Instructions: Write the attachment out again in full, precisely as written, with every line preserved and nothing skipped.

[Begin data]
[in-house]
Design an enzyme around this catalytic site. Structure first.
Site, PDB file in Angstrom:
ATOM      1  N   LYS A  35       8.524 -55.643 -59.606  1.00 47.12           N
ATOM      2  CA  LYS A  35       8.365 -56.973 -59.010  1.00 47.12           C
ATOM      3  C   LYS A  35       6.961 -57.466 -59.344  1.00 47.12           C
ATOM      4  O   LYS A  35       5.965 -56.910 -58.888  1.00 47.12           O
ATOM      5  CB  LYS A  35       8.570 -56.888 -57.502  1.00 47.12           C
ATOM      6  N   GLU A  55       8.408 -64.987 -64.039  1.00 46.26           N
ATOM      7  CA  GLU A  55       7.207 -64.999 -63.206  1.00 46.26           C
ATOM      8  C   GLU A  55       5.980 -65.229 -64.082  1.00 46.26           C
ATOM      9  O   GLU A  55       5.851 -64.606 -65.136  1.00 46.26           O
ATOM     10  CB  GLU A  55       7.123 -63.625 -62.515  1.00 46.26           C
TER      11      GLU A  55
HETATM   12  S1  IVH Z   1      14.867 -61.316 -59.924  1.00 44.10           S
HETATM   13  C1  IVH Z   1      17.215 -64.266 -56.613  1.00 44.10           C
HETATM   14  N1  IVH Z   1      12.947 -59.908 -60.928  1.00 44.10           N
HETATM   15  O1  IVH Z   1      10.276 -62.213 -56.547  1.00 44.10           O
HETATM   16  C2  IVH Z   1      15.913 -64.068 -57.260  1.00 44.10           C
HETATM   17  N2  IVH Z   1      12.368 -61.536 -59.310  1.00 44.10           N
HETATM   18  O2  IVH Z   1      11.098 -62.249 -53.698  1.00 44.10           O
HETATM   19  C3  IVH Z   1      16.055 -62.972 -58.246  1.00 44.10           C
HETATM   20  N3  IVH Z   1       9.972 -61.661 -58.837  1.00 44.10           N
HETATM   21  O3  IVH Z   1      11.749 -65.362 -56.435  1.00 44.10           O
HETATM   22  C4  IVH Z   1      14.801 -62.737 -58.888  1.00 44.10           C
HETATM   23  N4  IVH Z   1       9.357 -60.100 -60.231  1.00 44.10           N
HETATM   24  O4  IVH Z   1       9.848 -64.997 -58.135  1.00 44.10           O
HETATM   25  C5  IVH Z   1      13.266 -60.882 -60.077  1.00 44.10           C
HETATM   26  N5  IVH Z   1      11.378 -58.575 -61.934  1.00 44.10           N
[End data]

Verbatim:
[in-house]
Design an enzyme around this catalytic site. Structure first.
Site, PDB file in Angstrom:
ATOM      1  N   LYS A  35       8.524 -55.643 -59.606  1.00 47.12           N
ATOM      2  CA  LYS A  35       8.365 -56.973 -59.010  1.00 47.12           C
ATOM      3  C   LYS A  35       6.961 -57.466 -59.344  1.00 47.12           C
ATOM      4  O   LYS A  35       5.965 -56.910 -58.888  1.00 47.12           O
ATOM      5  CB  LYS A  35       8.570 -56.888 -57.502  1.00 47.12           C
ATOM      6  N   GLU A  55       8.408 -64.987 -64.039  1.00 46.26           N
ATOM      7  CA  GLU A  55       7.207 -64.999 -63.206  1.00 46.26           C
ATOM      8  C   GLU A  55       5.980 -65.229 -64.082  1.00 46.26           C
ATOM      9  O   GLU A  55       5.851 -64.606 -65.136  1.00 46.26           O
ATOM     10  CB  GLU A  55       7.123 -63.625 -62.515  1.00 46.26           C
TER      11      GLU A  55
HETATM   12  S1  IVH Z   1      14.867 -61.316 -59.924  1.00 44.10           S
HETATM   13  C1  IVH Z   1      17.215 -64.266 -56.613  1.00 44.10           C
HETATM   14  N1  IVH Z   1      12.947 -59.908 -60.928  1.00 44.10           N
HETATM   15  O1  IVH Z   1      10.276 -62.213 -56.547  1.00 44.10           O
HETATM   16  C2  IVH Z   1      15.913 -64.068 -57.260  1.00 44.10           C
HETATM   17  N2  IVH Z   1      12.368 -61.536 -59.310  1.00 44.10           N
HETATM   18  O2  IVH Z   1      11.098 -62.249 -53.698  1.00 44.10           O
HETATM   19  C3  IVH Z   1      16.055 -62.972 -58.246  1.00 44.10           C
HETATM   20  N3  IVH Z   1       9.972 -61.661 -58.837  1.00 44.10           N
HETATM   21  O3  IVH Z   1      11.749 -65.362 -56.435  1.00 44.10           O
HETATM   22  C4  IVH Z   1      14.801 -62.737 -58.888  1.00 44.10           C
HETATM   23  N4  IVH Z   1       9.357 -60.100 -60.231  1.00 44.10           N
HETATM   24  O4  IVH Z   1       9.848 -64.997 -58.135  1.00 44.10           O
HETATM   25  C5  IVH Z   1      13.266 -60.882 -60.077  1.00 44.10           C
HETATM   26  N5  IVH Z   1      11.378 -58.575 -61.934  1.00 44.10           N